This post has been republished via RSS; it originally appeared at: Intune Customer Success articles.
Hi everyone, today we have another great post from Intune Support Engineer Saurabh Sarkar. We have a lot of customers using Windows Information Protection (WIP) to protect their corporate data, and while most people know that WIP classifies apps into categories of either enlightened or unenlightened, occasionally there’s some confusion as to exactly what that means. In this post, Saurabh talks about WIP and sheds a little more light on what it means when we talk about enlightened versus unenlightened apps.
With the increase of employee-owned devices in the enterprise, there’s also an increasing risk of accidental data leakage through apps and services like email, social media and other outlets beyond your control. Windows Information Protection (WIP) helps protect against these potential data leaks without interfering with the employee experience or requiring changes to your environment or other apps.
WIP is just one factor in protecting company data on Windows, another being Azure Information Protection, and you can read more about these here. In this post I’m going to focus solely on WIP, and more specifically, the difference between enlightened and unenlightened applications. It’s important that you understand the differences so that you can create the most effective policies to protect your data. For example, a common misconception is that an enlightened application is one that can be targeted via WIP policy and save files as company data, whereas an unenlightened application is one which cannot be targeted by WIP policy thus is unable to access or create company data. While this first part regarding enlightened apps is true, the statement regarding unenlightened apps is not.
Enlighted apps on Windows have the ability to differentiate between company data and personal data, correctly determining which data to protect based on the policies implemented. When an enlightened app is protected, company data is encrypted on the managed device, and by default any attempts to share this data with personal apps or unauthorized users will fail. Enlightened apps (the current list is here) also have the ability to understand WIP policy. These policies help ensure that company data stays within an app that is controlled and managed by company policies.
A great example using an enlightened app would be applying a WIP policy to Microsoft Excel or Word, both of which are enlightened apps. After the WIP policy has been applied, when a user tries to save a document, they have the option of saving it as company data or personal data. If saved as company data, it will be encrypted and only be accessible from a managed application. If saved as personal data, the data will not be encrypted and may not be accessible from a managed application depending on how the policies applied to the user/device are configured. More details on how to configure a WIP policy can be found here.
In contrast to enlightened apps, unenlightened apps are unable to differentiate between company data and personal data, thus when these apps are managed they consider all data to be company data and encrypt everything by default. Because unenlightened apps are not capable of understanding WIP policy, files created by these applications are saved in the personal context only.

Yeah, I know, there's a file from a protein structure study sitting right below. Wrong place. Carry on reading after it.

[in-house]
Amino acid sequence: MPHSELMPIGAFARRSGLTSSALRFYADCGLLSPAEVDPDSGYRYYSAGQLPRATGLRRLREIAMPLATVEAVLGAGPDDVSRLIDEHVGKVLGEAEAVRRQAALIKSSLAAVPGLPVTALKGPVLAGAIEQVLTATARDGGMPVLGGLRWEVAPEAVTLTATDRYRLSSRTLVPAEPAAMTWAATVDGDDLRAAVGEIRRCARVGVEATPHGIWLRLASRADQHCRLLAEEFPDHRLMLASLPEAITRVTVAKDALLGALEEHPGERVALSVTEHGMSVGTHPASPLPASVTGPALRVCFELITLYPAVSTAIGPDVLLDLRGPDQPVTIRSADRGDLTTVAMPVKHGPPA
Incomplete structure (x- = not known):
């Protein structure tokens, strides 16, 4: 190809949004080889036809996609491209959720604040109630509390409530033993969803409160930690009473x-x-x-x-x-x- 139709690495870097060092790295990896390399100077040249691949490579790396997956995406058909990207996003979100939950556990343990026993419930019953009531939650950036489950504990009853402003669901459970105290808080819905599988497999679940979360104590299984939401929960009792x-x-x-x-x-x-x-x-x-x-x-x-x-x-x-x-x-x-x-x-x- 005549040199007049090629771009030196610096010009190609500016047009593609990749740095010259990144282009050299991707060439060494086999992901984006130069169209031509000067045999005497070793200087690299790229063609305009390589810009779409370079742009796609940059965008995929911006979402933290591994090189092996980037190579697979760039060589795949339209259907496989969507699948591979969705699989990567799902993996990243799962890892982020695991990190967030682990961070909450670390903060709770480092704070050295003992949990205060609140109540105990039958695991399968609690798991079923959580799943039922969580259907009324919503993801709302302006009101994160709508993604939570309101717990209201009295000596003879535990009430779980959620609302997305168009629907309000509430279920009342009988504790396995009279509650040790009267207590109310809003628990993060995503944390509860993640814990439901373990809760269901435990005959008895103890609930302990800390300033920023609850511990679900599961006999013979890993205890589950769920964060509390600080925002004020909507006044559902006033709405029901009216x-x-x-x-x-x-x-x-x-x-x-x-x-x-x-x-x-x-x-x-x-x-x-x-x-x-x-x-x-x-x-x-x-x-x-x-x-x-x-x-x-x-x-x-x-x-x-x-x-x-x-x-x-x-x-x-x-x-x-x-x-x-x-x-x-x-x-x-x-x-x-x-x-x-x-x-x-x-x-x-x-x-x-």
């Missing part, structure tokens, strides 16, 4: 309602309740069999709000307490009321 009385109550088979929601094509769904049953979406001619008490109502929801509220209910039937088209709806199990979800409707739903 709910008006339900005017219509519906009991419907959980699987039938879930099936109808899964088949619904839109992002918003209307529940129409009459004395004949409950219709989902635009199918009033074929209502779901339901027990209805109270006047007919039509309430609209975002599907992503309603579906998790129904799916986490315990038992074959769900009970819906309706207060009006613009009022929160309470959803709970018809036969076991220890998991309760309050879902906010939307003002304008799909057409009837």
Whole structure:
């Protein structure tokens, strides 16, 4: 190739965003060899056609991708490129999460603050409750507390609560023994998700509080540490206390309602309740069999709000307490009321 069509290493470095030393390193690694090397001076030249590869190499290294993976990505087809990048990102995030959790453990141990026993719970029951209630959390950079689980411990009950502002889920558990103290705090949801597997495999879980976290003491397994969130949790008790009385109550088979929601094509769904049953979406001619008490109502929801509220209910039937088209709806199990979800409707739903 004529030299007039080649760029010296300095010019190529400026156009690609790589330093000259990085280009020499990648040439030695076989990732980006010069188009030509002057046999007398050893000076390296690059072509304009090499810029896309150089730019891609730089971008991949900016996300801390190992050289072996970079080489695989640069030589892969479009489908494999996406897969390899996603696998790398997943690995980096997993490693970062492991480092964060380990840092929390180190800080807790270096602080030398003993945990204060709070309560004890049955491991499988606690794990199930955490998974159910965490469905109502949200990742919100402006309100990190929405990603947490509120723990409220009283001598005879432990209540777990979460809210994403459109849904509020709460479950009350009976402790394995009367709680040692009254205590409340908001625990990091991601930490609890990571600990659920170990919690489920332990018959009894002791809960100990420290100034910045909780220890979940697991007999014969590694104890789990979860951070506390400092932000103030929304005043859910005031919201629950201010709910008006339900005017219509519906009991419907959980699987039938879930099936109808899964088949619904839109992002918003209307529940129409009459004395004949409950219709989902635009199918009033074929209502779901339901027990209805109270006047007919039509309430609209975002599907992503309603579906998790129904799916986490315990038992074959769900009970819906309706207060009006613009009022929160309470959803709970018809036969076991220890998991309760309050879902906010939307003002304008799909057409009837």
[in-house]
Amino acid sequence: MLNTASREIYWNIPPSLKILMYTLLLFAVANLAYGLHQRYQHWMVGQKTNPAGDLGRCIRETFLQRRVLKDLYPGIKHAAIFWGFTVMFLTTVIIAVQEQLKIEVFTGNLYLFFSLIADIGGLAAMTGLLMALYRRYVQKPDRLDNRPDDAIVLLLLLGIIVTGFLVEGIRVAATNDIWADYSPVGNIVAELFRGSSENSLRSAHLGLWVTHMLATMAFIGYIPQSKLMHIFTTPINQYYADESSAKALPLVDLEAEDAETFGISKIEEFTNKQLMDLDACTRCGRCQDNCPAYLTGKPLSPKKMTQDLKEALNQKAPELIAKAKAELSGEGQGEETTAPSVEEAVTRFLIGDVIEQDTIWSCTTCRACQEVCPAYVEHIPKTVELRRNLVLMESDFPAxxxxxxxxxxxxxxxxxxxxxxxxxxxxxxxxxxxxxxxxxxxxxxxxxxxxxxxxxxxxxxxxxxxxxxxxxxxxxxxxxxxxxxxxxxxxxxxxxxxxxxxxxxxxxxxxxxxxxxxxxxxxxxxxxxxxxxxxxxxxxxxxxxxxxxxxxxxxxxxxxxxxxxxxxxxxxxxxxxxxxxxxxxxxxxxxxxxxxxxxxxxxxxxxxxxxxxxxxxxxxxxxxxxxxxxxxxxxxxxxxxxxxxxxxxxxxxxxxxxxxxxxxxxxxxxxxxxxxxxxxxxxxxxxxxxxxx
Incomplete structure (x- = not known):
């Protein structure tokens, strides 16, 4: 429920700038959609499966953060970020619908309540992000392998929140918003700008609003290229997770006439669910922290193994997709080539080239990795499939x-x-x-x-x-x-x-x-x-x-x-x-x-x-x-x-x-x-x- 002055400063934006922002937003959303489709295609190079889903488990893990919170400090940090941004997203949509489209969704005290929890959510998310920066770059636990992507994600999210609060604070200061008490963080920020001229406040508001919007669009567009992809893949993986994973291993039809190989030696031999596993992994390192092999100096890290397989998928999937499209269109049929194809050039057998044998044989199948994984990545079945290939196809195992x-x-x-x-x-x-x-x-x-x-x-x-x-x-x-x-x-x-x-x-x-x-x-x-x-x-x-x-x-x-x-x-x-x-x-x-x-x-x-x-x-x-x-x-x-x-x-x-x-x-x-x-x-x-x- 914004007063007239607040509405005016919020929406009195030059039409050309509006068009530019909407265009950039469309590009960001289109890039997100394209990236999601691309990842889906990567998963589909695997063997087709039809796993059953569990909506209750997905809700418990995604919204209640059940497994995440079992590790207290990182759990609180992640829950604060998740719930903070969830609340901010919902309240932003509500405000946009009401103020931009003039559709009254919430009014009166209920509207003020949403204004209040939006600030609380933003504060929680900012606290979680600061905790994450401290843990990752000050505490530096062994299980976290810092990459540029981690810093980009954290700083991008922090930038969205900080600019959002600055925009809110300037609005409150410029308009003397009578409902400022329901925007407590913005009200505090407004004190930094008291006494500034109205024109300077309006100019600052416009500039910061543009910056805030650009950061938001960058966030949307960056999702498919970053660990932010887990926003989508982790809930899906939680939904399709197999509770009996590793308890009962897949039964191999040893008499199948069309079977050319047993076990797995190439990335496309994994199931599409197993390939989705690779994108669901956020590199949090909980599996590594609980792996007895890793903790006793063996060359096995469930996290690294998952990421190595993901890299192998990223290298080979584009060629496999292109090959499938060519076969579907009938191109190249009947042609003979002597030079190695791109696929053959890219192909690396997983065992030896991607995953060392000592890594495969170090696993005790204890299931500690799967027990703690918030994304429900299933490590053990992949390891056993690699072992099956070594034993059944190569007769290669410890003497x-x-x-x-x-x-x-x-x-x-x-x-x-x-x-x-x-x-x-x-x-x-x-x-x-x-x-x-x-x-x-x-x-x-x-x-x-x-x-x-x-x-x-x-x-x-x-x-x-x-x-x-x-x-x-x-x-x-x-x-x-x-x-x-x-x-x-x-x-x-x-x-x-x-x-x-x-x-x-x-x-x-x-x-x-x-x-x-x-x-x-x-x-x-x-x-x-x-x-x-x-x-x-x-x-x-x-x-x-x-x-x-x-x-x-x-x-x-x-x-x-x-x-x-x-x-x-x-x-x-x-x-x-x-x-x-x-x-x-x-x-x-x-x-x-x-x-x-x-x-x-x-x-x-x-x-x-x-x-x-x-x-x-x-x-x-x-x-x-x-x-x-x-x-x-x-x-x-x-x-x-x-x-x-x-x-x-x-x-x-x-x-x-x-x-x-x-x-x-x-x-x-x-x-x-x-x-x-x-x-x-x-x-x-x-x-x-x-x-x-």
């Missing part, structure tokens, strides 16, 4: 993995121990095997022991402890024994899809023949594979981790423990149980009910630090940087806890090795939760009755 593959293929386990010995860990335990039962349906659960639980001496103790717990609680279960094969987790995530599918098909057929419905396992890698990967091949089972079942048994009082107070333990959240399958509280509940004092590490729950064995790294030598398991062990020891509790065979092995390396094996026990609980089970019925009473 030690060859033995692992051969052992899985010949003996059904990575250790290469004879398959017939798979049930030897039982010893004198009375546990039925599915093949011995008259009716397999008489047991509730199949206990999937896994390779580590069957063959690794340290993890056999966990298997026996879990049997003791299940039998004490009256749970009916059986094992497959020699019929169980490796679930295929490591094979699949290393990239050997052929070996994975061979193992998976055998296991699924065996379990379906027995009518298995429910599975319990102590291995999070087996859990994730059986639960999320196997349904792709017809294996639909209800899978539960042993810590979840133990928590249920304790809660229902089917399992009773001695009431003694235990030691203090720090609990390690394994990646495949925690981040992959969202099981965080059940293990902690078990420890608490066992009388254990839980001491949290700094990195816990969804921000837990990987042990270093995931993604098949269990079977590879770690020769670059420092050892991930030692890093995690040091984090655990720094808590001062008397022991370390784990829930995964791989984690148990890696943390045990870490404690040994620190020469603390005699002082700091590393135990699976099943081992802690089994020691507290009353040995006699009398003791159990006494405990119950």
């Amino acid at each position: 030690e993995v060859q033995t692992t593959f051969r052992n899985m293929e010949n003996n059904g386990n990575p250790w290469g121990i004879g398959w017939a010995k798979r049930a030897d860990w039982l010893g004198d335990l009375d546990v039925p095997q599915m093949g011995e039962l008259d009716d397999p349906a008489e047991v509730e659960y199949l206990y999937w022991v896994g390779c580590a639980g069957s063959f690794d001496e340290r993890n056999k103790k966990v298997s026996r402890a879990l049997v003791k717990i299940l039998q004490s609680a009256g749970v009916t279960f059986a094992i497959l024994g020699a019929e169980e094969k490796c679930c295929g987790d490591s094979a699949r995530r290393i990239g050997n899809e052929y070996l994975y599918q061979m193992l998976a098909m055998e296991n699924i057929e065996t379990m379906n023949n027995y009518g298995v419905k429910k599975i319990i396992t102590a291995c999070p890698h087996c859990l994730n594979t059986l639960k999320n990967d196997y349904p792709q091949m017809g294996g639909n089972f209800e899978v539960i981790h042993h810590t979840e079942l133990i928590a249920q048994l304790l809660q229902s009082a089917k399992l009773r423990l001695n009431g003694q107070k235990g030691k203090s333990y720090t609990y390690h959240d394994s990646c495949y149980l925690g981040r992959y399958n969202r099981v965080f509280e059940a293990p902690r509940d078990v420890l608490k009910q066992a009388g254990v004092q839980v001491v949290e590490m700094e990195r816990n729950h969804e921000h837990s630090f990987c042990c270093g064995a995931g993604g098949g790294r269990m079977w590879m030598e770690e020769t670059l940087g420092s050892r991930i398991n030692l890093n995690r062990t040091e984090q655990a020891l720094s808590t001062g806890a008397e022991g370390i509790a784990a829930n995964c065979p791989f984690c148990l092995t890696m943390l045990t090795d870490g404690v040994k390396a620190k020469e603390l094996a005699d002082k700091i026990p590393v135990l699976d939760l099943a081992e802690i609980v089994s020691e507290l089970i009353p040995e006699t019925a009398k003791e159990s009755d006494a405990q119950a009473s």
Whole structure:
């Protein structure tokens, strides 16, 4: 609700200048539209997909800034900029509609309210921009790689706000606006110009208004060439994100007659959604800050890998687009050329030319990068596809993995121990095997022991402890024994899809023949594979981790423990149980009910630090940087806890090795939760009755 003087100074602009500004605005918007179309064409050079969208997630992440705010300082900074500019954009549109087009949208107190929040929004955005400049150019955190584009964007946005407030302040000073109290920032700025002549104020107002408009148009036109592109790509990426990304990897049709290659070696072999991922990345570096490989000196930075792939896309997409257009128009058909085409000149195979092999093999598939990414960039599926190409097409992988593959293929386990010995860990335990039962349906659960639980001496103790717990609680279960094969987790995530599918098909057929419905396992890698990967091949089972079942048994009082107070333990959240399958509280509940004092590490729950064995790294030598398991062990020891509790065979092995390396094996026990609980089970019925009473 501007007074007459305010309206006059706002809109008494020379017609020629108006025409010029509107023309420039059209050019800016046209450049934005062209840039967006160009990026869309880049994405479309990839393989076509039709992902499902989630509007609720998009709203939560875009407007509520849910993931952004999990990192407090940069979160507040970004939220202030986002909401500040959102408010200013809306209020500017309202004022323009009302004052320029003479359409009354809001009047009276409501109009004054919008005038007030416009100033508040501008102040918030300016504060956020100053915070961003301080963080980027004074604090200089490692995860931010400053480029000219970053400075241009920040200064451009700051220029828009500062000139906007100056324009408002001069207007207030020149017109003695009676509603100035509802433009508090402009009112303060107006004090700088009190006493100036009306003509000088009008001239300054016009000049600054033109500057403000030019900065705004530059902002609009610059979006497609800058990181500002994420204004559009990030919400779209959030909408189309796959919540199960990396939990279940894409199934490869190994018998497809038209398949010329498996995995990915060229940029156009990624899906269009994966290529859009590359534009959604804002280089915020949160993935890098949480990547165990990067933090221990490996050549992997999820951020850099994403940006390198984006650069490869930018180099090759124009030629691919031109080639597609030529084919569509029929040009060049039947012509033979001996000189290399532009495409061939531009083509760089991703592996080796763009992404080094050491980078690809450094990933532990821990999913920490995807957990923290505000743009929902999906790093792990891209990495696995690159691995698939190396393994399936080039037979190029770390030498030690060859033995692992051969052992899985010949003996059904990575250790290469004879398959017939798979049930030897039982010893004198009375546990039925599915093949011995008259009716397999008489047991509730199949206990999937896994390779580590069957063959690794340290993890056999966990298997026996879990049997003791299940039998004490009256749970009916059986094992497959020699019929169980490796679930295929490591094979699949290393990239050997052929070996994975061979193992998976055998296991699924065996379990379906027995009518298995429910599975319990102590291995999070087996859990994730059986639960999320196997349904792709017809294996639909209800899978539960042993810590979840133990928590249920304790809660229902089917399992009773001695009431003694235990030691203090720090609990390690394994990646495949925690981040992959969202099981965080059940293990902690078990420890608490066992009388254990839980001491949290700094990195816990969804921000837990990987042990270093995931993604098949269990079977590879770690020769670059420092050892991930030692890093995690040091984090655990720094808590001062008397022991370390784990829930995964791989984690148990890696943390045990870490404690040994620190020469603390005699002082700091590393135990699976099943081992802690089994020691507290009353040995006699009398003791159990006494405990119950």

At this point in the conversation I typically get the following questions:
- How do I create an enlightened app? To create an enlightened app you would use WIP APIs to enlighten your app, then declare your app as enterprise-enlightened. More information on this can be found here.
- How can I tell if my app is enlightened or not? The best answer is you’ll need to consult the app developer, however you can usually tell that an app is unenlightened because Windows Desktop shows it as always running in enterprise mode and the Save As experience only allows you to save your files as company data.
- Since unenlightened apps do not understand WIP policy, is there some other option to apply policy settings to these apps? A great option in this scenario is to leverage AppLocker. WIP relies on AppLocker however it is an independent feature in Windows outside of WIP itself. AppLocker functionality within Windows uses XML to implement policy, thus we can take that XML and use it to create our own custom policies in Intune similar to those found in WIP. Let’s take a closer look at this.
Using the XML created by AppLocker, you can easily build custom policies that configure many of the same settings found in the standard WIP policies. Each application is different and there are no guarantees, however it is definitely worth a try and can deliver a similar experience in many cases. Just be sure that you thoroughly test in your environment before rolling out such a solution on a production basis. Also note that leveraging AppLocker XML does not make an application enlightened by any means, it simply provides a method that may allow you to apply policy settings to an app that was otherwise not designed to be managed by WIP. If you’d like more information on how to use AppLocker to create custom Intune policies for Windows 10 apps, we have a great blog post on this here.
A big advantage of using WIP with AppLocker is that your app will be able to access managed files, and files created in the app will be managed and saved in the work context. The caveat to this is that since the application is still not an enlightened app, it does not have the ability to save files as personal data. This means that the user will not have the option of using the same application for personal as well as corporate purposes.
Intune Support Engineer